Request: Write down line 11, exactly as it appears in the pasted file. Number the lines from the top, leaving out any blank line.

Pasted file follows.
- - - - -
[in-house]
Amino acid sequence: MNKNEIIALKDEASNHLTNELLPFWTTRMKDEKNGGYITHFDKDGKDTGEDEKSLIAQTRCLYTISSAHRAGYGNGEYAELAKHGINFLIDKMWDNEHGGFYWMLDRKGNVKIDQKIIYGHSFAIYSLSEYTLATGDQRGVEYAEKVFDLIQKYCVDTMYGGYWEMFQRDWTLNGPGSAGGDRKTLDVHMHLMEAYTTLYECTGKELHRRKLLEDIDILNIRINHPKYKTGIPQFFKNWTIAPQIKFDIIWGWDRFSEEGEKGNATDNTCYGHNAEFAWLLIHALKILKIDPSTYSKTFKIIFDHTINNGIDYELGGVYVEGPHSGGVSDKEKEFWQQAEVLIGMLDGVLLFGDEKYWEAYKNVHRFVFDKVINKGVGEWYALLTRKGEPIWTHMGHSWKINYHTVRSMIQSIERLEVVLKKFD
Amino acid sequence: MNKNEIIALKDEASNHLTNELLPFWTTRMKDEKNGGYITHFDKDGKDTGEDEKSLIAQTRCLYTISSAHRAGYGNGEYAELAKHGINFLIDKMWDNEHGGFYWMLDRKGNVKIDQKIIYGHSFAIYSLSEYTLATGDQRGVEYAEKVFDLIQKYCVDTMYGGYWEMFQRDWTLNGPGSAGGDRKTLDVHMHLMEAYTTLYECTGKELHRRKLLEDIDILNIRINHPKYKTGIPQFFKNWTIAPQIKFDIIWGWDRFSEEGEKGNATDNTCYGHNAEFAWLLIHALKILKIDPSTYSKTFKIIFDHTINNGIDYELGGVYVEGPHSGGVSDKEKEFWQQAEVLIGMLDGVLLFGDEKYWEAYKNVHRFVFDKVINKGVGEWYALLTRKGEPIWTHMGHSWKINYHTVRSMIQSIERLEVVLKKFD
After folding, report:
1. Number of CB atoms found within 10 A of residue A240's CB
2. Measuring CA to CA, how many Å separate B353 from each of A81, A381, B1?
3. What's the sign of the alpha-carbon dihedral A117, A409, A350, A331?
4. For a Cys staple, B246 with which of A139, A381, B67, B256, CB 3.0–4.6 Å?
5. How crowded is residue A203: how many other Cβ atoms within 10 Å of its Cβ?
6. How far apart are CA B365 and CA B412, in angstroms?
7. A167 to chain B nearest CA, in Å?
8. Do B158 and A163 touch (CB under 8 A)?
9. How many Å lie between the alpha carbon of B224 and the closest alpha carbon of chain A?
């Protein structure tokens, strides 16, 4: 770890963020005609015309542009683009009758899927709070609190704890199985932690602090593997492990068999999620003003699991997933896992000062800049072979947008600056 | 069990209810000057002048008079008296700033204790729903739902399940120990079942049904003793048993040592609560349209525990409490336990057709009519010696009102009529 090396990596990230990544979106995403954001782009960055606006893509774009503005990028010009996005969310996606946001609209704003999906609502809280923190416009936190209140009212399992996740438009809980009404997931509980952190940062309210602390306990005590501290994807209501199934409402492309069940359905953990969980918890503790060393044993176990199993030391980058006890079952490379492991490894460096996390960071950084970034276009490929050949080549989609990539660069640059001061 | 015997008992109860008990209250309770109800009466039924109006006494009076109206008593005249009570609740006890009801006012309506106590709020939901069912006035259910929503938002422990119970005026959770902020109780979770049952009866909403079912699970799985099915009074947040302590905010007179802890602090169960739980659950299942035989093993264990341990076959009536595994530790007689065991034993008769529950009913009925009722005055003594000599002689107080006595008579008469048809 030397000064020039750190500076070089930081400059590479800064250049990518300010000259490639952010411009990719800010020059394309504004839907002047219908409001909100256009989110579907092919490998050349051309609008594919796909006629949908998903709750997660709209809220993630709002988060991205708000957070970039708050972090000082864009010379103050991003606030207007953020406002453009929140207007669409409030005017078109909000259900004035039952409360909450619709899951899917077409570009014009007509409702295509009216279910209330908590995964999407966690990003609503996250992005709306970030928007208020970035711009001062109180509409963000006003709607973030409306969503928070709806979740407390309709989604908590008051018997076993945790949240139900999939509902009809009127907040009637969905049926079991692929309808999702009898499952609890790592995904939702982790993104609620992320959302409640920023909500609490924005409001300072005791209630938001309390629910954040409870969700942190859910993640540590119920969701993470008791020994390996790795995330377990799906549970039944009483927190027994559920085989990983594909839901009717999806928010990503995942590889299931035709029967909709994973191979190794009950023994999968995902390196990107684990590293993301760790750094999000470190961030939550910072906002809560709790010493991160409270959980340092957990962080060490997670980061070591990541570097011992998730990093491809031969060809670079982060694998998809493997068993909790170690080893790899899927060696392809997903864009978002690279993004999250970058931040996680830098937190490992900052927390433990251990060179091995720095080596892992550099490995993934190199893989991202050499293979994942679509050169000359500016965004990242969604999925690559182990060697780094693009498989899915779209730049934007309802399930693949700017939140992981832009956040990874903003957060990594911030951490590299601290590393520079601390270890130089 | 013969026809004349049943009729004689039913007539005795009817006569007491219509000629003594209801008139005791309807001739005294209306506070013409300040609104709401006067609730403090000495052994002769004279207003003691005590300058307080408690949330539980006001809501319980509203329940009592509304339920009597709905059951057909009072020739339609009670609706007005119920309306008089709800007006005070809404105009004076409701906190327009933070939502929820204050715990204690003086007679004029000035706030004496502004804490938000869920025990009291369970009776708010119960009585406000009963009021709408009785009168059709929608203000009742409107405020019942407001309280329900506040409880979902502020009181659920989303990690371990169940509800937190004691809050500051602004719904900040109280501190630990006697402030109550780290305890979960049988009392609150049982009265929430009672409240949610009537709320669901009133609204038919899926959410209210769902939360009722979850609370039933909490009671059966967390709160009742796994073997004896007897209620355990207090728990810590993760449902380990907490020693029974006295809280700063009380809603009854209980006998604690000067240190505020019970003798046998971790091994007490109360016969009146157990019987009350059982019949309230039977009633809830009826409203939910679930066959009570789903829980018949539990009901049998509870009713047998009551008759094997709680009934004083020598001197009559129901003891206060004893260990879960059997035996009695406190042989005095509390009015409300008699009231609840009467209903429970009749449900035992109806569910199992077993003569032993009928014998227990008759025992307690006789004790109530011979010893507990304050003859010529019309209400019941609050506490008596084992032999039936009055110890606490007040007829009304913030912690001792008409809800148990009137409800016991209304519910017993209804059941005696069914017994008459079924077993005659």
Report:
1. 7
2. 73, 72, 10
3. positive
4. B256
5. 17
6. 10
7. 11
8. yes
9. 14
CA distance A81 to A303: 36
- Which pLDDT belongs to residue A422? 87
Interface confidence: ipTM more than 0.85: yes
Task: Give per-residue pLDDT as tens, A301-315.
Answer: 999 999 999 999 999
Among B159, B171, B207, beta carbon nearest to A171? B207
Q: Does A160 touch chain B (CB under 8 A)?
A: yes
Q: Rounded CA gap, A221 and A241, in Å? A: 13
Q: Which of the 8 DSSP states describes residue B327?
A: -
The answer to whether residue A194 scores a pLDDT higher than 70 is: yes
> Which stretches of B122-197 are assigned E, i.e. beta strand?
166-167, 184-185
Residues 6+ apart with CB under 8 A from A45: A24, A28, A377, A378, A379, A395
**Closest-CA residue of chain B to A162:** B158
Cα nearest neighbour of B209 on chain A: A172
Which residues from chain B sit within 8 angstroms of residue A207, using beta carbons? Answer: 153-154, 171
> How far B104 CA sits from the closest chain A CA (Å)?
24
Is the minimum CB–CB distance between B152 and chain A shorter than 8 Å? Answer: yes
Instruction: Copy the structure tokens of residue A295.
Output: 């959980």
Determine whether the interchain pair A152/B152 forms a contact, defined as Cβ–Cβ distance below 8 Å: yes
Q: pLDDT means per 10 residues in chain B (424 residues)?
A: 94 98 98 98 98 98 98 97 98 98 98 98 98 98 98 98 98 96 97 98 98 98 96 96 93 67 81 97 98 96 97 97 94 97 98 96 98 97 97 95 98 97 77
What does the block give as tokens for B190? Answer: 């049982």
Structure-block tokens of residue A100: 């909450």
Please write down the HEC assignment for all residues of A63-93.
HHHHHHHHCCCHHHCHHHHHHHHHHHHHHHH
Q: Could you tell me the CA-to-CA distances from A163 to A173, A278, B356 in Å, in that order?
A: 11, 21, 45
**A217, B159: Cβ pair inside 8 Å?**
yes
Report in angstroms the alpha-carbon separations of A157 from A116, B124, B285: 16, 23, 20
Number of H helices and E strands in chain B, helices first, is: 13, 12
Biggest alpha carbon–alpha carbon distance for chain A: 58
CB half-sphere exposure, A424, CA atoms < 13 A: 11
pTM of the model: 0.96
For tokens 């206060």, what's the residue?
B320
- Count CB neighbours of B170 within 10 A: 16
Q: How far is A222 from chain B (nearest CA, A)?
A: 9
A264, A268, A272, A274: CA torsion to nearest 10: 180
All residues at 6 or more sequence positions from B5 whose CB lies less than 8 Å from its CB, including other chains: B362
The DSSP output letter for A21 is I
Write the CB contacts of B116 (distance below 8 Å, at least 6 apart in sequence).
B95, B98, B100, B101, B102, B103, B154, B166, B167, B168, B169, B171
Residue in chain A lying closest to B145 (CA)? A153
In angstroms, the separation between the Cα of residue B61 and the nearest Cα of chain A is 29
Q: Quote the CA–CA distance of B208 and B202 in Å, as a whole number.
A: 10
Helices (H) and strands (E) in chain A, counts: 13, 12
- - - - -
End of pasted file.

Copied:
7. A167 to chain B nearest CA, in Å?